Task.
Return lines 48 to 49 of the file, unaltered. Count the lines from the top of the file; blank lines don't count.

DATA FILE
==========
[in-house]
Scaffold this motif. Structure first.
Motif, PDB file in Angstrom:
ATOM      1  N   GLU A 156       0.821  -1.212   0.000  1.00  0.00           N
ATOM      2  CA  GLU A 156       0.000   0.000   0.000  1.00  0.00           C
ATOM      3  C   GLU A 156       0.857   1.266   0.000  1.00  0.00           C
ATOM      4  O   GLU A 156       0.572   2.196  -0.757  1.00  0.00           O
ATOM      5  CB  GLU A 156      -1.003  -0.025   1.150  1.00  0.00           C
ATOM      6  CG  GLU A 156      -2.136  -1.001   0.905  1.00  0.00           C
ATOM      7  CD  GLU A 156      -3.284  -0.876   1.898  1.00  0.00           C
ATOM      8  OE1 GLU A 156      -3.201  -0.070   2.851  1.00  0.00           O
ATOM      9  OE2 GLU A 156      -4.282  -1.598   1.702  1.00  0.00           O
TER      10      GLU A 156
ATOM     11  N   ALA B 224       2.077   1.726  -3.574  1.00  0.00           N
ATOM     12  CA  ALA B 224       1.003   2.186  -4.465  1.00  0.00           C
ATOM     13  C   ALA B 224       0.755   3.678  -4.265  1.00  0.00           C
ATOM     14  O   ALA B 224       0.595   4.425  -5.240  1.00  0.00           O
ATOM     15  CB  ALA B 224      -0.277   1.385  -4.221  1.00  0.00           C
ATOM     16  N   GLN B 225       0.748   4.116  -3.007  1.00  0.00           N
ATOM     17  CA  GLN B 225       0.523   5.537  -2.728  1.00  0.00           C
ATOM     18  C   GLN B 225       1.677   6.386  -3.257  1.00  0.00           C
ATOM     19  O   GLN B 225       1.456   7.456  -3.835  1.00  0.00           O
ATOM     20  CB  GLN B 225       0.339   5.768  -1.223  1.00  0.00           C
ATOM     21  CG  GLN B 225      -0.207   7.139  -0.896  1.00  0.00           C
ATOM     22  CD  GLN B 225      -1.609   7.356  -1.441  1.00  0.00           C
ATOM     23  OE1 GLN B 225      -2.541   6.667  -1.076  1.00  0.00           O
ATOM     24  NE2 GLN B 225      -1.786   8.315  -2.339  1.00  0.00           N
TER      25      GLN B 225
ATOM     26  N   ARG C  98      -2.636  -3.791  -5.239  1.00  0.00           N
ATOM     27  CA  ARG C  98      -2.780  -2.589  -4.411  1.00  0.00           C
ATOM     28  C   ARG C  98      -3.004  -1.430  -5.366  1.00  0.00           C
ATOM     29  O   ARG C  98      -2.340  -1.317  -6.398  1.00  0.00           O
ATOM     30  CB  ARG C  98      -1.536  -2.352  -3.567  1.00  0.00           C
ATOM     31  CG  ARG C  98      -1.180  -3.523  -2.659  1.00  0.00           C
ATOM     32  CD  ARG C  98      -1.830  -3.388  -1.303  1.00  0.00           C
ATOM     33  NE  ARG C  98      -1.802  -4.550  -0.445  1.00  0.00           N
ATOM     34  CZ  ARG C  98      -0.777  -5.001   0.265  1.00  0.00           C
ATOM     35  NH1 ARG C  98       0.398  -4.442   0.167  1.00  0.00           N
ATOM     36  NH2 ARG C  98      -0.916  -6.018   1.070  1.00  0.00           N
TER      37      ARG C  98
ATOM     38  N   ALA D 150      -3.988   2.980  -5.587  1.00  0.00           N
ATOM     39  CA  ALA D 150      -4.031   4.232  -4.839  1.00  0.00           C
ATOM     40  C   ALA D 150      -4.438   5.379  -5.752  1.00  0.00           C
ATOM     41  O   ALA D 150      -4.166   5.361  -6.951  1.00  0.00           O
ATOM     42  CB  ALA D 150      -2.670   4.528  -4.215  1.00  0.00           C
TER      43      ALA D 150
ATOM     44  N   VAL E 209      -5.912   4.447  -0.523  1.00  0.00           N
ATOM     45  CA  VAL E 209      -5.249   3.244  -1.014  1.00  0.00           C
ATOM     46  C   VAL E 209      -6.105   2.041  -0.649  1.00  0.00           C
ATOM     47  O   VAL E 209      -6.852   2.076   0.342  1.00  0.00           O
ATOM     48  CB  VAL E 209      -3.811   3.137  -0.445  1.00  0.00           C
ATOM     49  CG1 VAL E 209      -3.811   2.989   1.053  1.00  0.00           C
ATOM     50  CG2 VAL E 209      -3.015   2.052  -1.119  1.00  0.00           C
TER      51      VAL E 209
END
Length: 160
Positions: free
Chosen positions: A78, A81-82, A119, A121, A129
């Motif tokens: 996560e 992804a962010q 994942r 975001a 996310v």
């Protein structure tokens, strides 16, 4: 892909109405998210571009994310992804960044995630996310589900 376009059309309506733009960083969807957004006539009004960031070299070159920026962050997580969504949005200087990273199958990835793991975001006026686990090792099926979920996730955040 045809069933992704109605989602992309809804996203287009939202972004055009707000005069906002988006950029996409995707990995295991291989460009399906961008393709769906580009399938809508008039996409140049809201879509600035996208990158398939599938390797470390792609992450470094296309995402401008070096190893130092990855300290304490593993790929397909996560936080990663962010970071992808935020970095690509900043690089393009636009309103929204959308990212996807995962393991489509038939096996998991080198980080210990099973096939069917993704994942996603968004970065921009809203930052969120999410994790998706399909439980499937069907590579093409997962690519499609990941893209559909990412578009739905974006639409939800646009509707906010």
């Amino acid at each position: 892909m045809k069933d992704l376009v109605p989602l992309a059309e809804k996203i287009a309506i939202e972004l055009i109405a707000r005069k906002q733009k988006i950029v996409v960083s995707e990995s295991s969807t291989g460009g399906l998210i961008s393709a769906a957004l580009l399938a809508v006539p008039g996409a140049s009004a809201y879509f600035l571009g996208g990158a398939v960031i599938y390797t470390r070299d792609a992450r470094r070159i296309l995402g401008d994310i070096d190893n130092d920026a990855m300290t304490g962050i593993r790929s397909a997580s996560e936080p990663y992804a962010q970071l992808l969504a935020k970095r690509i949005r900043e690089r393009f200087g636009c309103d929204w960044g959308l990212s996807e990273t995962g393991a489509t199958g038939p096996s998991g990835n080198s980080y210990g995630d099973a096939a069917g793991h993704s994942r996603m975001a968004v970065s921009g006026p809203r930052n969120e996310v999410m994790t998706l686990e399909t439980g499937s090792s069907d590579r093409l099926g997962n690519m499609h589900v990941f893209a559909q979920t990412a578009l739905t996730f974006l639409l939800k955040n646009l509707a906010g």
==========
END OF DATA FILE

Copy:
ATOM     45  CA  VAL E 209      -5.249   3.244  -1.014  1.00  0.00           C
ATOM     46  C   VAL E 209      -6.105   2.041  -0.649  1.00  0.00           C